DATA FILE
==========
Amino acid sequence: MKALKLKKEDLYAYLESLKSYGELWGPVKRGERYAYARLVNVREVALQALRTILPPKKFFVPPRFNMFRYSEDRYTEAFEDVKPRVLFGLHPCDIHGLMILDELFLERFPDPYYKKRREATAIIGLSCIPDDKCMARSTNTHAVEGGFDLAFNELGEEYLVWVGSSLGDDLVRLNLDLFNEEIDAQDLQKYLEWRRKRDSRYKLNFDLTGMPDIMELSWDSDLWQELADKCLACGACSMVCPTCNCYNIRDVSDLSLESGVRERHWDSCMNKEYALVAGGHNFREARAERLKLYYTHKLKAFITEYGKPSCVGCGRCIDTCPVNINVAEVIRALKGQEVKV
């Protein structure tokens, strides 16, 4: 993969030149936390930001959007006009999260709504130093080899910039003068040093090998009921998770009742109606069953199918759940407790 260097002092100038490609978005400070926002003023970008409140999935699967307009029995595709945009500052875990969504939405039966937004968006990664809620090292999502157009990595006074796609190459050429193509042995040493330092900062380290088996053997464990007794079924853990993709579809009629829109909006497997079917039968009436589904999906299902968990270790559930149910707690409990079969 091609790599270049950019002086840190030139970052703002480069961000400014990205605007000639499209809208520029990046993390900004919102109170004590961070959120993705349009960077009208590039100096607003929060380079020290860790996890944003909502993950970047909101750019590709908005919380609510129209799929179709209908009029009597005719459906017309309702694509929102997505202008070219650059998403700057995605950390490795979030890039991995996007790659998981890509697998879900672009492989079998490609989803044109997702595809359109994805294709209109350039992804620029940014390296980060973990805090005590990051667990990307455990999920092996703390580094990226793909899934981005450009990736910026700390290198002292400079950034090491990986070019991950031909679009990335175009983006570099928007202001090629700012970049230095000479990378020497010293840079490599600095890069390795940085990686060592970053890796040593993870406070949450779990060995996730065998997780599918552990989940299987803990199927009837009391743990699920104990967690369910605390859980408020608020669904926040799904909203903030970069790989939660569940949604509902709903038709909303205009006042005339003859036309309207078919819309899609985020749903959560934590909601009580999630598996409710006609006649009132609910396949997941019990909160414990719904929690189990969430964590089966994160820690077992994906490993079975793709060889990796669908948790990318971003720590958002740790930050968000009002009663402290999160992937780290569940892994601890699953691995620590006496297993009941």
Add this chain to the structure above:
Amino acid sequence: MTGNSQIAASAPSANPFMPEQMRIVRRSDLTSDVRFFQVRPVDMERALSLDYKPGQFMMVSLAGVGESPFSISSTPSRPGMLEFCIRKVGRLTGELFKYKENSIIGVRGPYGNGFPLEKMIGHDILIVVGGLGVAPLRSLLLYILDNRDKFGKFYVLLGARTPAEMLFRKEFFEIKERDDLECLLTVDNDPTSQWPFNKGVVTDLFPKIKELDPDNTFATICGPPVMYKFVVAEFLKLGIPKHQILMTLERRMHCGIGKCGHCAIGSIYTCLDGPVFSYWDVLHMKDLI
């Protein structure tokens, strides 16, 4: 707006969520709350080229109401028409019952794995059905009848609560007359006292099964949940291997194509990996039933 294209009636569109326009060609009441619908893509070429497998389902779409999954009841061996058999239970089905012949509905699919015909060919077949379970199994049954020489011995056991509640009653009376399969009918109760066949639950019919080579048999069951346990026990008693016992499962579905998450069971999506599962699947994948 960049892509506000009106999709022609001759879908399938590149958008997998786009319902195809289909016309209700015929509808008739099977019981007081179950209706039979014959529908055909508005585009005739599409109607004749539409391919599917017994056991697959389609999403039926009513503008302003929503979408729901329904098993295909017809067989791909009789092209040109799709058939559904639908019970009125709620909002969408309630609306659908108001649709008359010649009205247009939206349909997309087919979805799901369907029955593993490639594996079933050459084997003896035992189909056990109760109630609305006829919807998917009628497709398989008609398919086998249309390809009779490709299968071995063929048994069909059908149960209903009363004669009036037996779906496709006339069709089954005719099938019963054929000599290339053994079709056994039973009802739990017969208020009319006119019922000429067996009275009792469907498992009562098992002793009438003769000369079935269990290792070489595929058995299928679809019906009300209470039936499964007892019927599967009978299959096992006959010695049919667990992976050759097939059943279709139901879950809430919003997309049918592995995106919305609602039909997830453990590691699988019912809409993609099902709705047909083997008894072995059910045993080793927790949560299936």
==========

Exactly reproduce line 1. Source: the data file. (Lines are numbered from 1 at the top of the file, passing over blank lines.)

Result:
Amino acid sequence: MKALKLKKEDLYAYLESLKSYGELWGPVKRGERYAYARLVNVREVALQALRTILPPKKFFVPPRFNMFRYSEDRYTEAFEDVKPRVLFGLHPCDIHGLMILDELFLERFPDPYYKKRREATAIIGLSCIPDDKCMARSTNTHAVEGGFDLAFNELGEEYLVWVGSSLGDDLVRLNLDLFNEEIDAQDLQKYLEWRRKRDSRYKLNFDLTGMPDIMELSWDSDLWQELADKCLACGACSMVCPTCNCYNIRDVSDLSLESGVRERHWDSCMNKEYALVAGGHNFREARAERLKLYYTHKLKAFITEYGKPSCVGCGRCIDTCPVNINVAEVIRALKGQEVKV